The Latch


The Latch

With its miniature rock gardens, grape arbor, and roses (roses
everywhere, like a child's experiment with rouge); with its neatly
trimmed grass along the flagstone walks; with its birdbath
(strategically placed, as was its willow tree)—the backyard had
all the aura of a formal garden. In that lawn (just large enough
to frame a family portrait), hemmed in by a wire fence disguised
with honeysuckle vines and marigolds, one somehow achieved
a sense of privacy; even a sense of seclusion from the nearby
neighbors. While outside, a narrow broken alley ran between two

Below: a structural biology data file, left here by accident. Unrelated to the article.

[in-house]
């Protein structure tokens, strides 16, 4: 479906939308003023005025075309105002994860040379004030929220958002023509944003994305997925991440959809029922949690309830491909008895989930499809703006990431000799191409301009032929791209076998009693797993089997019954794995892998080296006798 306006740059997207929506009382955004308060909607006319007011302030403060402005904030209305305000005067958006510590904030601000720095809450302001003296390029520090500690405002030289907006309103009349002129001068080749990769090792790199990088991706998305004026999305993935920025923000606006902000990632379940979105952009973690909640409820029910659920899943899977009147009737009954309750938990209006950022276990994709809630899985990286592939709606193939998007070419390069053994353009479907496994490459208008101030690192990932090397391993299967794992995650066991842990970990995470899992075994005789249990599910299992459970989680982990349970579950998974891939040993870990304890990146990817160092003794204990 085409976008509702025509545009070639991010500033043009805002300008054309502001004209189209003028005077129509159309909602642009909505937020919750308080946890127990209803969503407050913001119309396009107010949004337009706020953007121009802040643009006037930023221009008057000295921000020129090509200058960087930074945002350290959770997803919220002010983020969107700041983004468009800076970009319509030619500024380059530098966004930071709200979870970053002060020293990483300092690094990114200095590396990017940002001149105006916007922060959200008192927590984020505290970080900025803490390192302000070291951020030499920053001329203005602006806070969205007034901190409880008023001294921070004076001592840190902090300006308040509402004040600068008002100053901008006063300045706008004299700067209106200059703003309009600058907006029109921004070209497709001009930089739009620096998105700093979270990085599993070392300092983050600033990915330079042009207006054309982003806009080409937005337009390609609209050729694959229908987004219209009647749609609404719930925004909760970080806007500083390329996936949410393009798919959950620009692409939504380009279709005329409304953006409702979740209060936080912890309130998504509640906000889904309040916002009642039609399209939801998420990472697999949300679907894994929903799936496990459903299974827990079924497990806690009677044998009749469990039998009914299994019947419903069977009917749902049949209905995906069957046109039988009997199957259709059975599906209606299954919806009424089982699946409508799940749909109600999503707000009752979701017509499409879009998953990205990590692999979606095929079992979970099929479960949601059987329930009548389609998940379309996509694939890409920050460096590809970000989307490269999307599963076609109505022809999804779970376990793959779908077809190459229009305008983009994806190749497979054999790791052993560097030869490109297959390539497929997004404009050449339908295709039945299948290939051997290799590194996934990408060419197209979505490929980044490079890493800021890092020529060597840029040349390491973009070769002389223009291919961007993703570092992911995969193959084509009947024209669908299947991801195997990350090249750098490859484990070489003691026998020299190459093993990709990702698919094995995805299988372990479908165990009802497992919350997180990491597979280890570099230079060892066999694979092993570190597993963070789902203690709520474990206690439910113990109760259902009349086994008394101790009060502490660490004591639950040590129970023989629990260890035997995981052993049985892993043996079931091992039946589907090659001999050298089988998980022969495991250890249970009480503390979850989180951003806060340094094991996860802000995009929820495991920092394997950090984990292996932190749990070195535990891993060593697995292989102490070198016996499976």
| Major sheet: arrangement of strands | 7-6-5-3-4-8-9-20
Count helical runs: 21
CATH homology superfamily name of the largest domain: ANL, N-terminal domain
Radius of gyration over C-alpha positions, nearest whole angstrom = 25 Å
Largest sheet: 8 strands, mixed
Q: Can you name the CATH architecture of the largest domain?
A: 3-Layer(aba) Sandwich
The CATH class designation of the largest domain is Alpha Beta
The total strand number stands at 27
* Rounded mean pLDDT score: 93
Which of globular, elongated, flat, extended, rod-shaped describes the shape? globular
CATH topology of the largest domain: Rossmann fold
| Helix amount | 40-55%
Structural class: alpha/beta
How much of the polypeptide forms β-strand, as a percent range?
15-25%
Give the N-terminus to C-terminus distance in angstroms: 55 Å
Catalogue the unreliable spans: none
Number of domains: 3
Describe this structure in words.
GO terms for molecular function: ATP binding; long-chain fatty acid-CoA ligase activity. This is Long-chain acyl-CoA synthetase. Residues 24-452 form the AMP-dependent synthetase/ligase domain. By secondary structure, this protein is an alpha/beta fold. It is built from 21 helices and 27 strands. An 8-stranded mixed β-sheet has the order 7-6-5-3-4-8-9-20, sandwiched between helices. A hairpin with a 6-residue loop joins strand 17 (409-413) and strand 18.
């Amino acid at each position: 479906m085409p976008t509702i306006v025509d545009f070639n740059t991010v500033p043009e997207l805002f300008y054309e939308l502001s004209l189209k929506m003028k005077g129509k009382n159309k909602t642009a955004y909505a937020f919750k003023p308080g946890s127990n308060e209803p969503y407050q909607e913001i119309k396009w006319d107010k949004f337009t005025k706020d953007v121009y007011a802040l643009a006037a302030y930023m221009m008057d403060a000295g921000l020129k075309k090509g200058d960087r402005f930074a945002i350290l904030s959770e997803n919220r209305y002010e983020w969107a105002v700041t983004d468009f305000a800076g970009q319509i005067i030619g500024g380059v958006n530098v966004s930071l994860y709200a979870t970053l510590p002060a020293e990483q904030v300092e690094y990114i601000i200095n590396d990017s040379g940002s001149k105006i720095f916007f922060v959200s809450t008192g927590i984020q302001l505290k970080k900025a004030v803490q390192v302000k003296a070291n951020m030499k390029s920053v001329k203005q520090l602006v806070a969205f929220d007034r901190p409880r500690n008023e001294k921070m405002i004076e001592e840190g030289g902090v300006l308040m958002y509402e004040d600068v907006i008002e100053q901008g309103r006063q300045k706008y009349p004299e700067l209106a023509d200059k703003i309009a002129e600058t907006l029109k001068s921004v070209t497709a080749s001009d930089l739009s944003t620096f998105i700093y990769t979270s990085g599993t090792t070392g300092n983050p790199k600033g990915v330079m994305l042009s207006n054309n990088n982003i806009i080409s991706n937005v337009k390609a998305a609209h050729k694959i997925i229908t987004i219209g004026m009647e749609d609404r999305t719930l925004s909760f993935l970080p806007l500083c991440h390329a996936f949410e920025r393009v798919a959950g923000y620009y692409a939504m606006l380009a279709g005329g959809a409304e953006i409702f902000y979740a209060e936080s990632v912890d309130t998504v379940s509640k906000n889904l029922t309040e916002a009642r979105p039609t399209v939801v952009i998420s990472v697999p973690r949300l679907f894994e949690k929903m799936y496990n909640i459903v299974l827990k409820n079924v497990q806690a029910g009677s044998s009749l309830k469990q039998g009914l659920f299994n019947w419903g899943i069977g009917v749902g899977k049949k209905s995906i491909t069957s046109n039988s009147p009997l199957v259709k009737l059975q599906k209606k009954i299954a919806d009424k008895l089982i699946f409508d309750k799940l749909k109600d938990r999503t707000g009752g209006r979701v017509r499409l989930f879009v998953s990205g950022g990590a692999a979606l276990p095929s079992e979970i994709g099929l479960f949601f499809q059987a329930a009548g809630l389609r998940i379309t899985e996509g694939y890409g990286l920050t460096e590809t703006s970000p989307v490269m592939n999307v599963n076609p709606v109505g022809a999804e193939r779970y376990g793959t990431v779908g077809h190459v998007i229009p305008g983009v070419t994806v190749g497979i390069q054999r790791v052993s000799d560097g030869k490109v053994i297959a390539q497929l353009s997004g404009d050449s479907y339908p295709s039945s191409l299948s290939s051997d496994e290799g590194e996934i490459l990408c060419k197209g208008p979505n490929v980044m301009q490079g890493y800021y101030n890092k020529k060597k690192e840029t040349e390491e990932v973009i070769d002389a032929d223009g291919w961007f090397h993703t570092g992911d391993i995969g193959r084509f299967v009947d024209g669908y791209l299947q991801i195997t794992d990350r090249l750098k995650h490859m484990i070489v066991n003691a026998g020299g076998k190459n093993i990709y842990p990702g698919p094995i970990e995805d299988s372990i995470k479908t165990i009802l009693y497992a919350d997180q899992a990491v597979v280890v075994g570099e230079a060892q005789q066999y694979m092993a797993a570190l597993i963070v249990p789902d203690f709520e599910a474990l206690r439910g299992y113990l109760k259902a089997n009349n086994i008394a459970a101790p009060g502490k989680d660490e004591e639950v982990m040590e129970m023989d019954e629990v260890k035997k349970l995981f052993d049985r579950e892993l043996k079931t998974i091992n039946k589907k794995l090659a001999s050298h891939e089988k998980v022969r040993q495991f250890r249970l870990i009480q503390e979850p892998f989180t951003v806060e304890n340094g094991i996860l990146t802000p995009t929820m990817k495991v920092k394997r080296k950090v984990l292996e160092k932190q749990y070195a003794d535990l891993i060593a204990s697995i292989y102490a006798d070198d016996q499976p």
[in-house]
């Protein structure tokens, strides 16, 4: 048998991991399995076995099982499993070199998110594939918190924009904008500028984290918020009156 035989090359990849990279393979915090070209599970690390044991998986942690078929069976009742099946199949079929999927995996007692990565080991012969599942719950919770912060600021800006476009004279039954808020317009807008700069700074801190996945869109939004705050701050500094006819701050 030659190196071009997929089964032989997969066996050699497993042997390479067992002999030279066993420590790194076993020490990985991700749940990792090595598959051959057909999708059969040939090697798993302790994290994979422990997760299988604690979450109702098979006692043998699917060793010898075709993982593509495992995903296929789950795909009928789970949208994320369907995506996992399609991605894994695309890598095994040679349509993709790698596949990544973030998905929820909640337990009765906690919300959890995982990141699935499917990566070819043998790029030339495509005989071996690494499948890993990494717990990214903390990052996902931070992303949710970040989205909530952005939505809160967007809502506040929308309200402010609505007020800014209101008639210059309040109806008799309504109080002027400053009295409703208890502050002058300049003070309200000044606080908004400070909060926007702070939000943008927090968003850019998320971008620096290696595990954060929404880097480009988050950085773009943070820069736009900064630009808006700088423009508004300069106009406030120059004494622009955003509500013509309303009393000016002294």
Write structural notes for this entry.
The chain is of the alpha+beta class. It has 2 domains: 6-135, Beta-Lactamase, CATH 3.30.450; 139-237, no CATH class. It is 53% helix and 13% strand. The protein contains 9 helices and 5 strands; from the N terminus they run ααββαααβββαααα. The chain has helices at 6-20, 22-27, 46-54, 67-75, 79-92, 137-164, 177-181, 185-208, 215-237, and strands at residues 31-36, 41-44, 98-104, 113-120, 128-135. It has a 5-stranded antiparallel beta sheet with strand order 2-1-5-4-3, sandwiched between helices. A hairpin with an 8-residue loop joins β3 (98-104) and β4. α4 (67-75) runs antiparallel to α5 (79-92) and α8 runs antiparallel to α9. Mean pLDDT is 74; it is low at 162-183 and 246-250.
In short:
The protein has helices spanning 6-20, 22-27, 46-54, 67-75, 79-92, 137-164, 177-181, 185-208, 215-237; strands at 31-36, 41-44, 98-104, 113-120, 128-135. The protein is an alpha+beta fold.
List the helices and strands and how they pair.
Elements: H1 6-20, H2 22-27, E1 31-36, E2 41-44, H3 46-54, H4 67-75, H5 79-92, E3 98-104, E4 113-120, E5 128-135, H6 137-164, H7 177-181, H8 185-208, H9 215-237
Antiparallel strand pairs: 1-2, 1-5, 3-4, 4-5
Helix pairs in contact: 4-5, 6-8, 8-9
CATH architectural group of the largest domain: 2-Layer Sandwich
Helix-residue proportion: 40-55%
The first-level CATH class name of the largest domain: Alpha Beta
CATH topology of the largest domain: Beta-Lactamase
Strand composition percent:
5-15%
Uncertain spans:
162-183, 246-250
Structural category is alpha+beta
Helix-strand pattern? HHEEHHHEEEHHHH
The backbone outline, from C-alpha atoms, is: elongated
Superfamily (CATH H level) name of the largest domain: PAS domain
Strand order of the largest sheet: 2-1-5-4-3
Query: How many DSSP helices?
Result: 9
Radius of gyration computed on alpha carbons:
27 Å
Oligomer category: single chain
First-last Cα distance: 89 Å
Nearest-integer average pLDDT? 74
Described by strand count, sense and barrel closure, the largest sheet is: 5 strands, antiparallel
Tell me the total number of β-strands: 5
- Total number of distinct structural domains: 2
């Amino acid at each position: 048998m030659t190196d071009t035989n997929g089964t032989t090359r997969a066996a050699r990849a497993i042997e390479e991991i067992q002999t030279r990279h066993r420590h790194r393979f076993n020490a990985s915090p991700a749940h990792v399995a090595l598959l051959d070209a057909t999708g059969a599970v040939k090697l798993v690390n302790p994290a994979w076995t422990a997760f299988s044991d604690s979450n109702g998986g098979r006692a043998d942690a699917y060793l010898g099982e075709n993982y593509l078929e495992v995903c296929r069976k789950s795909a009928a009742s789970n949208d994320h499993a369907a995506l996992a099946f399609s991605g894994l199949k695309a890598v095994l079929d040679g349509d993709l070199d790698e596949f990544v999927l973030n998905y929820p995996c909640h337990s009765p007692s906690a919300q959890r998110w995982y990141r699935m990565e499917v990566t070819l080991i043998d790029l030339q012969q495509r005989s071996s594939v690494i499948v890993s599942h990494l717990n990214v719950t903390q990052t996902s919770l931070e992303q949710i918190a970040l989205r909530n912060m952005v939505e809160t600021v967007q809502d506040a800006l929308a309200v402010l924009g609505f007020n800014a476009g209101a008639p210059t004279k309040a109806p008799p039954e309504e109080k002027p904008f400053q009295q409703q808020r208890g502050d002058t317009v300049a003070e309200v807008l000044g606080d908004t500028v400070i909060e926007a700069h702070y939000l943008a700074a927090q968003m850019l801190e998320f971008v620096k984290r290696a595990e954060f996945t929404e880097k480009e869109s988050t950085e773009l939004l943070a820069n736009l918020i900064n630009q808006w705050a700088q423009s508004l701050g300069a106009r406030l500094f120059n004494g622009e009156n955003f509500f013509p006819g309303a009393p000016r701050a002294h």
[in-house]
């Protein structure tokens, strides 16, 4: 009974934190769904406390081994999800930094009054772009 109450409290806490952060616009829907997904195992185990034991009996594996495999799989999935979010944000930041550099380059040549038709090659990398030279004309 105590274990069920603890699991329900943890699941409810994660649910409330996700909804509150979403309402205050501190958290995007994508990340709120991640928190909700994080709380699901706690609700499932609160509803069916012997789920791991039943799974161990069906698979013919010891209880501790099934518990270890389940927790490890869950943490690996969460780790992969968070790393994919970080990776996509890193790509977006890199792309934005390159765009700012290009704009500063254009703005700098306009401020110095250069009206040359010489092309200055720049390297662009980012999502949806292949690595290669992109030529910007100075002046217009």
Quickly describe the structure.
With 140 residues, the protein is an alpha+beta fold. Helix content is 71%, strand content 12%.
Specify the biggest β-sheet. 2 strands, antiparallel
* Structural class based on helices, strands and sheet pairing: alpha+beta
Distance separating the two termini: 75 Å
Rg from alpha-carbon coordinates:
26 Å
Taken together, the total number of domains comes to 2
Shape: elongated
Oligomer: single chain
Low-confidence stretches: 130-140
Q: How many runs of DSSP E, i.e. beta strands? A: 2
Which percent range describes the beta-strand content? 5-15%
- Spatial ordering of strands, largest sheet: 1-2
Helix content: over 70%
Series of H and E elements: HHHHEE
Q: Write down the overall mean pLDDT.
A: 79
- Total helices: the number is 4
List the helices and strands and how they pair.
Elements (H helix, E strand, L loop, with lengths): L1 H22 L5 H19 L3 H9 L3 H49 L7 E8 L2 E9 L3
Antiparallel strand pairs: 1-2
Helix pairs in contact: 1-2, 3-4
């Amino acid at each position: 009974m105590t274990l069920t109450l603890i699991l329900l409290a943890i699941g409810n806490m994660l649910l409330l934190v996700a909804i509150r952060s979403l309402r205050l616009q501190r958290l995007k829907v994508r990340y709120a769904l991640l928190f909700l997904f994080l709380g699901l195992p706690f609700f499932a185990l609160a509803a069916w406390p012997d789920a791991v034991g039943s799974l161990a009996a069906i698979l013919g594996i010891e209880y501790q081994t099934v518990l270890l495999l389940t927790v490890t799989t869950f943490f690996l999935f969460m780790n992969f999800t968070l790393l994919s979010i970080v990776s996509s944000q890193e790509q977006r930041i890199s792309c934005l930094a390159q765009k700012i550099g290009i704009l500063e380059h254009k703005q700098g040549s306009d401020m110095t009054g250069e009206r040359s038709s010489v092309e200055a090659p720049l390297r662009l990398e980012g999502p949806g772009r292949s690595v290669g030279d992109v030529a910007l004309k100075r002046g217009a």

rows of other backyard lawns. All this (after all these years), like
the fragments of a dream at noontime. Except for the latch. 
Substantial as a candy stuck in the throat, the latch remains in
mind, as if I'd just stepped out of that microcosmic Eden into the
narrow alleyway this early morning, closing the gate behind me
with a click!; closing the gate behind me with all that is before
time began locked! in a single syllable, for all time.

               in a shaded spot
               the ruins
               of a sundial